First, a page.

There have been some shocking retirements in the NFL over the years, with Jim Brown, Barry Sanders, Gale Sayers and Calvin Johnson immediately coming to mind.
But none of them compare to what just happened with Andrew Luck, who confirmed Saturday night that he is ready to walk away from pro football at the age of 29.
“This isn’t how I envisioned this or planned this, but I’m going to retire,” Luck said at a hastily arranged news conference after Saturday night’s Colts-Bears preseason game in Indianapolis. “This is the hardest decision of my life, but it’s the right decision for me.”
Luck was one of the most highly decorated college quarterbacks in history, was the No. 1 overall pick in 2012 and carried on the legacy left behind by future Hall of Famer Peyton Manning, who was shown the door after a series of neck surgeries to make way for Luck.
But Luck’s own injury issues prompted his retirement. He missed the entire 2017 season after undergoing shoulder surgery. He missed most of training camp and the preseason this year because of a lower leg problem. He once suffered a lacerated kidney. And a partially torn abdomen. And torn rib cartilage.
It eventually wore on him and caused him to lose the passion for the game he had played – and dominated – for much of his life.
“I’ve been stuck in this process,” he said of the constant rehabbing from injuries. “I haven’t been able to live the life I want to live. It’s taken the joy out of this game. The only way forward for me is to remove myself from football.”
Credit Luck for a self-awareness that many elite athletes either don’t have or don’t want to admit. Luck is super smart, a voracious reader whose intellect is every bit as sharp as his athletic ability.
Most players grind through the inevitable injuries that football always delivers, enduring the endless hours in rehab to get ready for Sundays. Many hang on too long and don’t know when it’s time to leave until a coach taps them on the shoulder. Only a handful get to walk away on their own terms, players like former Giants defensive end Michael Strahan and former Broncos quarterback John Elway – Hall of Famers who walked off into their NFL sunsets after a Super Bowl run.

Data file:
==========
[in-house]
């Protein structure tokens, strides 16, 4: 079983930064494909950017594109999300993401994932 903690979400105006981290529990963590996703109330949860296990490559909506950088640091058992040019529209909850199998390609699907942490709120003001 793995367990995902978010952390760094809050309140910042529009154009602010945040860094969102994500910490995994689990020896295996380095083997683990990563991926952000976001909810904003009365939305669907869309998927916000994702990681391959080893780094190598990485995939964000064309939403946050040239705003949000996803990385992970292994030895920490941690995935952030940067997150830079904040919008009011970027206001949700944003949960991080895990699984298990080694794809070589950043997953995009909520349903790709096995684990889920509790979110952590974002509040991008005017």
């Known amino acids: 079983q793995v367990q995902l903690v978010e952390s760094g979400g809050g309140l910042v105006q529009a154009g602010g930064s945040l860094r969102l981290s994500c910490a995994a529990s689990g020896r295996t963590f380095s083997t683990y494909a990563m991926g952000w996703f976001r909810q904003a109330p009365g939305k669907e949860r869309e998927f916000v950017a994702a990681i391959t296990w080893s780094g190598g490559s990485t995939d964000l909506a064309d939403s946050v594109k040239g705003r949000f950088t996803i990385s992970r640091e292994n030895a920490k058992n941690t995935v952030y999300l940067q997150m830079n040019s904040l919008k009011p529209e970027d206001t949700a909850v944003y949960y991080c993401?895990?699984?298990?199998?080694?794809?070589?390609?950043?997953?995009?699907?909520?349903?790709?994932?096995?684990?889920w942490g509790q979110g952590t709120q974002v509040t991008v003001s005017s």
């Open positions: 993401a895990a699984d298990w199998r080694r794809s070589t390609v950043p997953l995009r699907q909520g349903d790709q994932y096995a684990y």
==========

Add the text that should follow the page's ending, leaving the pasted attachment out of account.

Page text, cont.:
Many fans can’t understand what athletes go through, the sacrifice, the pain, the anguish, and the life-changing requirements it takes to play. But Luck, whose wife, Nicole, is expecting their first child, grew so weary of the process that he no longer loved the sport as he once did.
He didn’t want to live a lie, so he walked away.
And as he walked off the field Saturday night, with word swirling through the stadium about his retirement after ESPN’s Adam Schefter broke the news, some Colts fans had the audacity to boo one of the most consequential players in franchise history. A player who may not have delivered a championship, but who sacrificed his body in that quest and did everything possible to get there.
“I’d be lying if I didn’t say I heard the reaction,” Luck said. “It hurt. It hurt.”
It was pathetic.
Luck may one day come to regret his decision, and perhaps he’ll even think about returning to the game. Time will heal his wounds, and he may get the itch to play again. After all, he isn’t even 30, and some quarterbacks can play into their 40s.
But those who know Luck best know that he is a man of introspection, and that he does not take anything lightly. Especially when it comes to his life and his livelihood.
Luck has made nearly $100 million in his career, so he certainly doesn’t need the money. And with all the maladies that have afflicted him, he now realizes he doesn’t need the frustration of playing in pain. Of living in pain.
So, he made the gut-wrenching decision to step away. A decision that will reverberate throughout the NFL and will almost certainly ruin the Colts chances of a championship run.
But the most important thing for Luck himself: He walks away at peace.